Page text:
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Cloud v. Stone

United States District Court, W.D. Louisiana, Monroe Division

January 16, 2019

MARK DAVID CLOUD AND PATTI BRANDT CLOUD
v.
MIKE STONE, LINCOLN PARISH SHERIFF IN HIS OFFICIAL CAPACITY, ET AL.

          KAREN L. HAYES MAG. JUDGE.

          RULING

          TERRY A. DOUGHTY UNITED STATES DISTRICT JUDGE.

         Pending before the Court are motions to dismiss for failure to state a claim upon which relief can be granted [Doc. Nos. 11 & 20], and an associated request for fees [Doc. No. 11], filed by Defendant, John Belton, Lincoln Parish District Attorney, in his official capacity (“Belton”).

         On December 19, 2018, Magistrate Judge Karen L. Hayes issued a Report and Recommendation [Doc. No. 35] in which she recommended that the Court deny the motions and request for fees.

         On December 27, 2018, Belton filed objections to the Report and Recommendation [Doc. No. 36]. The deadline for responding to the objections has passed.

         Having conducted a de novo review of the record in this matter, the Court finds that Magistrate Judge Hayes correctly stated and applied the law, and the Court, thus, ADOPTS her Report and Recommendation. The Court issues this Ruling solely to address one of Belton's objections.

         Plaintiffs Mark Cloud and Patti Cloud brought this wrongful death and survival action under 42 U.S.C. § 1983 and Louisiana Civil Code Articles 2315.1 and 2315.2. They seek damages for the August 29, 2017 death of their son, Joshua Cloud, whom they contend was the victim of excessive force by Lincoln Parish Sheriff's Deputy Kyle E. Luker (“Luker”). Plaintiffs brought suit against Lincoln Parish Sheriff Mike Stone in his official capacity, Belton, and Luker.

         On October 16, 2018, Belton filed the instant Motion to Dismiss, arguing that Plaintiffs' Complaint failed to assert facts to support an excessive force claim, that he is entitled to prosecutorial immunity, and that there is no vicarious liability in § 1983 claims.

         Plaintiffs responded that they named Belton as a “defendant only in connection with [P]laintiffs' state law claims for assault, battery, and homicide.” [Doc. No. 16]. The following day, Plaintiffs also filed an Amended Complaint, expanding and clarifying their causes of action. Specifically, Plaintiffs now contend that the Luker was acting “in the course and scope of his work for [Belton] who is liable for [P]laintiffs' state law claims involving the assault, battery, and homicide of their son.” [Doc. No. 18].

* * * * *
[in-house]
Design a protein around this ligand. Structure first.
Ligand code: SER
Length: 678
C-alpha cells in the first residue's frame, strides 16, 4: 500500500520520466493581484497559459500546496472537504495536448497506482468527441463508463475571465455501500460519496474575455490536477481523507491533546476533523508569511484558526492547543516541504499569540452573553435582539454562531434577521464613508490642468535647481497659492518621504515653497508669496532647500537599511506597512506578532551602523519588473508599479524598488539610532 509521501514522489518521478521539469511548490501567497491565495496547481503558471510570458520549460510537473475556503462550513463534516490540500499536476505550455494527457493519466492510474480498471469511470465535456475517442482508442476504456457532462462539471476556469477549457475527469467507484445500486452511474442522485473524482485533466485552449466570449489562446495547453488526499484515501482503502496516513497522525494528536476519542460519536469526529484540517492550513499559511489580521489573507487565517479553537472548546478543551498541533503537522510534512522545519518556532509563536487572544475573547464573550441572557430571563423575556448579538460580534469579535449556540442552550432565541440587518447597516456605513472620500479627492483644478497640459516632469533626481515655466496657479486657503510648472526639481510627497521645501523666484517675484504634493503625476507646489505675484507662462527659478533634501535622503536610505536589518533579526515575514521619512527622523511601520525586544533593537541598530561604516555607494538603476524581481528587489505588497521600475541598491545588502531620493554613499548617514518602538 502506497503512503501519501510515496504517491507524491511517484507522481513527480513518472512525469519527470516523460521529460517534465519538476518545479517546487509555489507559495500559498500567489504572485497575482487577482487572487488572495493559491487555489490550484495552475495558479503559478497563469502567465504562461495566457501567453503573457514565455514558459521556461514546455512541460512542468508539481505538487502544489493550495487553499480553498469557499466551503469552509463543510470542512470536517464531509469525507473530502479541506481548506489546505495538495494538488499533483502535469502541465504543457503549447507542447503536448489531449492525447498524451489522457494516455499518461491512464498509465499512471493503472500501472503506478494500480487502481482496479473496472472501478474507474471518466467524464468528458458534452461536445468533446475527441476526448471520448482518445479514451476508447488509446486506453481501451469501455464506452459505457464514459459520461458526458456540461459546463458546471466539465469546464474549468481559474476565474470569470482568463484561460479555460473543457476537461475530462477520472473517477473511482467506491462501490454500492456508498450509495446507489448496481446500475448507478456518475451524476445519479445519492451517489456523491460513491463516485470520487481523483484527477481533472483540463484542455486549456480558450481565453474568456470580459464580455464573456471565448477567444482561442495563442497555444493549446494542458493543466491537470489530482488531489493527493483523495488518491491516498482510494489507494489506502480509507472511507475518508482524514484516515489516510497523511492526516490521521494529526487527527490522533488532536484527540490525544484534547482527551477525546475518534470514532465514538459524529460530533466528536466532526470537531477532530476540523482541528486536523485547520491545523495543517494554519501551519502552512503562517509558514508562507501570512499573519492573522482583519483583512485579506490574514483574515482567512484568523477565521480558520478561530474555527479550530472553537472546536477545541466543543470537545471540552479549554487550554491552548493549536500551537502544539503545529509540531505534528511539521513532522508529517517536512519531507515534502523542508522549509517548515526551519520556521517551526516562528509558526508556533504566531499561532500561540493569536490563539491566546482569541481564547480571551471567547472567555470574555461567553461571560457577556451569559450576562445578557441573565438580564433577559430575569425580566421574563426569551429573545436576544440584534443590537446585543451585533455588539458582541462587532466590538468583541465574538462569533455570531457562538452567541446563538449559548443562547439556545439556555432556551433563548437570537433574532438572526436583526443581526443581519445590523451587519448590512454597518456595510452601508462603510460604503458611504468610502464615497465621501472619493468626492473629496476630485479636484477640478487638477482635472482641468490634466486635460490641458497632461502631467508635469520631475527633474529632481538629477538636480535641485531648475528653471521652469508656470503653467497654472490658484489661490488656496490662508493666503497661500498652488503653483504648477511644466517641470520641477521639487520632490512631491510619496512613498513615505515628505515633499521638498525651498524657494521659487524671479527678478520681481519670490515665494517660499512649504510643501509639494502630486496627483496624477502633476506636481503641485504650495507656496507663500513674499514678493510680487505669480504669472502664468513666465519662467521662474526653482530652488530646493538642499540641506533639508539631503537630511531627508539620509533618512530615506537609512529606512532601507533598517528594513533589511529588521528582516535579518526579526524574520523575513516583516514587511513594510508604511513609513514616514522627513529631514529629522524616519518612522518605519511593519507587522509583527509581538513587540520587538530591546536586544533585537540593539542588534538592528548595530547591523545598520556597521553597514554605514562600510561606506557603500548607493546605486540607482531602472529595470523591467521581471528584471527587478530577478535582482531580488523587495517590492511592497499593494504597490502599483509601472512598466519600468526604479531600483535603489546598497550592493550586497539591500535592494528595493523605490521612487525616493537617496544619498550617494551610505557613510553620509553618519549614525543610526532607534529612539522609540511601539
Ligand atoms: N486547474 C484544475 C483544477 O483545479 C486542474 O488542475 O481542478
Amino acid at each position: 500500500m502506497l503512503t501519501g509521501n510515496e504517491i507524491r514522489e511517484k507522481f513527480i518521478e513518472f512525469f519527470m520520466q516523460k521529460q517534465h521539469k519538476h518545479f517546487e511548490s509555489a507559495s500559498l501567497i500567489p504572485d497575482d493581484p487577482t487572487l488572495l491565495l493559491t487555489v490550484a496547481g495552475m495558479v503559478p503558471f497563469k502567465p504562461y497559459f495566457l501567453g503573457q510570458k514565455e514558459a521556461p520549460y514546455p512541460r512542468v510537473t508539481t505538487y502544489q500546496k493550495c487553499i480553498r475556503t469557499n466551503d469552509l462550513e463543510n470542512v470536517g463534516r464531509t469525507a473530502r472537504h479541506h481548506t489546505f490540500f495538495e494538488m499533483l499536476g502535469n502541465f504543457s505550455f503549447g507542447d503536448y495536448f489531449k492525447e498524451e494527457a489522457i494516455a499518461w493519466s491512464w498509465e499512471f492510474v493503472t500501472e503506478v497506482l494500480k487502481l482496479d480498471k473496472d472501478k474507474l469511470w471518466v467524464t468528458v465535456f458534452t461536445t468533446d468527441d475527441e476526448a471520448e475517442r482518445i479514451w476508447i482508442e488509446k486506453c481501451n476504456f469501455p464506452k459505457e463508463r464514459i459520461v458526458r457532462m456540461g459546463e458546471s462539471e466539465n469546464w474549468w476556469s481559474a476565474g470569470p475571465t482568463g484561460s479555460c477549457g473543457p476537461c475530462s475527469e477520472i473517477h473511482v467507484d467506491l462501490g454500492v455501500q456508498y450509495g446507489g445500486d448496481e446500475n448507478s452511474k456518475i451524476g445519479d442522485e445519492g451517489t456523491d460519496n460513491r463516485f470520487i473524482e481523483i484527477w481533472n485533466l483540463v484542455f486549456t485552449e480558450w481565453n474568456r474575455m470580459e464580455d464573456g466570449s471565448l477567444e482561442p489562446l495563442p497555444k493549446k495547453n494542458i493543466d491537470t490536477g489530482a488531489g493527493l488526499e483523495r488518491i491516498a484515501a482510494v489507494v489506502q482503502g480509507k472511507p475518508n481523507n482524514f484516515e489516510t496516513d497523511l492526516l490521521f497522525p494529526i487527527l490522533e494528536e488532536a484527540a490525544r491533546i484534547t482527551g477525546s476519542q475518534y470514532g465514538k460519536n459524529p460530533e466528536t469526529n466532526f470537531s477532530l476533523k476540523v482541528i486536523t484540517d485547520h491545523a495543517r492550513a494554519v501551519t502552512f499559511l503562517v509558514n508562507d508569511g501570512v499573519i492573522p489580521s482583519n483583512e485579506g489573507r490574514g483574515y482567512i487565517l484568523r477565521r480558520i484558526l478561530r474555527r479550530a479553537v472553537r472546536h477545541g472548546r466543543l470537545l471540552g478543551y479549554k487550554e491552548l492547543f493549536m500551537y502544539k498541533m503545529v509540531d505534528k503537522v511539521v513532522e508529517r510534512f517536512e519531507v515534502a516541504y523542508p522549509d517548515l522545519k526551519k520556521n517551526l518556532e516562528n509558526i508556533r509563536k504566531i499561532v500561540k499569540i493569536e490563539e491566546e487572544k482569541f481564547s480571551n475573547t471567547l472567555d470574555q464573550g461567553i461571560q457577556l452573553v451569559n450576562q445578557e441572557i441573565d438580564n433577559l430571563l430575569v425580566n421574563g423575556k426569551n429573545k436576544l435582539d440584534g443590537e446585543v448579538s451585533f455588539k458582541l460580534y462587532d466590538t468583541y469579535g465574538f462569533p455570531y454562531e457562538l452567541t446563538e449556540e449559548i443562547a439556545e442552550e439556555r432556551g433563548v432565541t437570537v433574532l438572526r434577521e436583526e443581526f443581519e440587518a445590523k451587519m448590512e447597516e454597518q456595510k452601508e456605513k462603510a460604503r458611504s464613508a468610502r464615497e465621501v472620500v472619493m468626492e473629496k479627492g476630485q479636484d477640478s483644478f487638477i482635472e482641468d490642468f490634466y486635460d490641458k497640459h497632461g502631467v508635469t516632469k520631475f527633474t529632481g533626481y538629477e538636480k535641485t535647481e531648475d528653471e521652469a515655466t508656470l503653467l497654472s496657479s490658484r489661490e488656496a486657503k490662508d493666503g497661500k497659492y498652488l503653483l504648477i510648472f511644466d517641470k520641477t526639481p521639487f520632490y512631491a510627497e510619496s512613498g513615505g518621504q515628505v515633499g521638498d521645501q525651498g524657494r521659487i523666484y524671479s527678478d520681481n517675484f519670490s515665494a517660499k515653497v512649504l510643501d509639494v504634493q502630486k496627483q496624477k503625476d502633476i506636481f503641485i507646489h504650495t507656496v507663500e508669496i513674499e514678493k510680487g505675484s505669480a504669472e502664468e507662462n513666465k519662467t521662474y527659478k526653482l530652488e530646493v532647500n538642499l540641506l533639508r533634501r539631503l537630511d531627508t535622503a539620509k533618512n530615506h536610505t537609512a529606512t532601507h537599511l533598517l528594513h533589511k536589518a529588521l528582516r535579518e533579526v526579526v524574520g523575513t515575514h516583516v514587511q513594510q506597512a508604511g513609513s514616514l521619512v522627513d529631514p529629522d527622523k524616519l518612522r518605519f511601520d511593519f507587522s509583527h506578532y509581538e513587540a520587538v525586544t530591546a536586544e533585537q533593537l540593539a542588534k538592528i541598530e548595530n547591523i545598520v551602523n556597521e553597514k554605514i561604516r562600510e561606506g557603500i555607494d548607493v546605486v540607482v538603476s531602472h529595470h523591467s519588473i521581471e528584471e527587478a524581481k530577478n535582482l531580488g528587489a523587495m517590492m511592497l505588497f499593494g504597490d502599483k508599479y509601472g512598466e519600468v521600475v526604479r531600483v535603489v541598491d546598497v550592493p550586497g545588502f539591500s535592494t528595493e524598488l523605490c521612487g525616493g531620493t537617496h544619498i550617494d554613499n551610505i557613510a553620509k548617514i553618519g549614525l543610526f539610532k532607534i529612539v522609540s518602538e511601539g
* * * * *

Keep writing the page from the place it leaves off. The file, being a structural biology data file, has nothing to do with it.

In light of the amendment, Magistrate Judge Hayes ordered Belton[1] to withdraw or supplement his motion. [Doc. No. 19]. Belton re-urged his motion to dismiss for failure to state a claim. Plaintiffs opposed the motion, arguing that Luker was an employee of Belton because he was working an “off-duty ‘LACE Detail, '” and was compensated by Belton. Plaintiffs further argued that Belton could obtain attorneys' fees under 42 U.S.C. § 1988 because they are not asserting a civil rights claim against him.

         In his reply, Belton conceded that he cannot recover attorneys' fees and voluntarily withdrew that request. However, he re-urged his argument that he is immune from suit, that he was not Luker's employer, and that, even if he were Luker's employer, he could not be vicariously liable for an intentional tort.

         On December 19, 2018, Magistrate Judge Hayes issued a Report and Recommendation [Doc. No. 35] in which she found that Plaintiffs' factual allegations “sets forth plausible vicarious liability claims under state law against . . . Belton, sufficient to afford defendant fair notice of the claims against him, along with the reasonable expectation that discovery will reveal relevant evidence for each of the elements of the claim(s).” Id. at p. 10.

         To the extent that Belton raises objections to the Report and Recommendation argued to Magistrate Judge Hayes, the Court has adopted the Report and Recommendation. However, in his objections, Belton also argues for the first time that he is immune from suit pursuant to La. Rev. Stat. 9:2798.1, which provides:

Liability shall not be imposed on public entities or their officers or employees based upon the exercise or performance or the failure to exercise their ...

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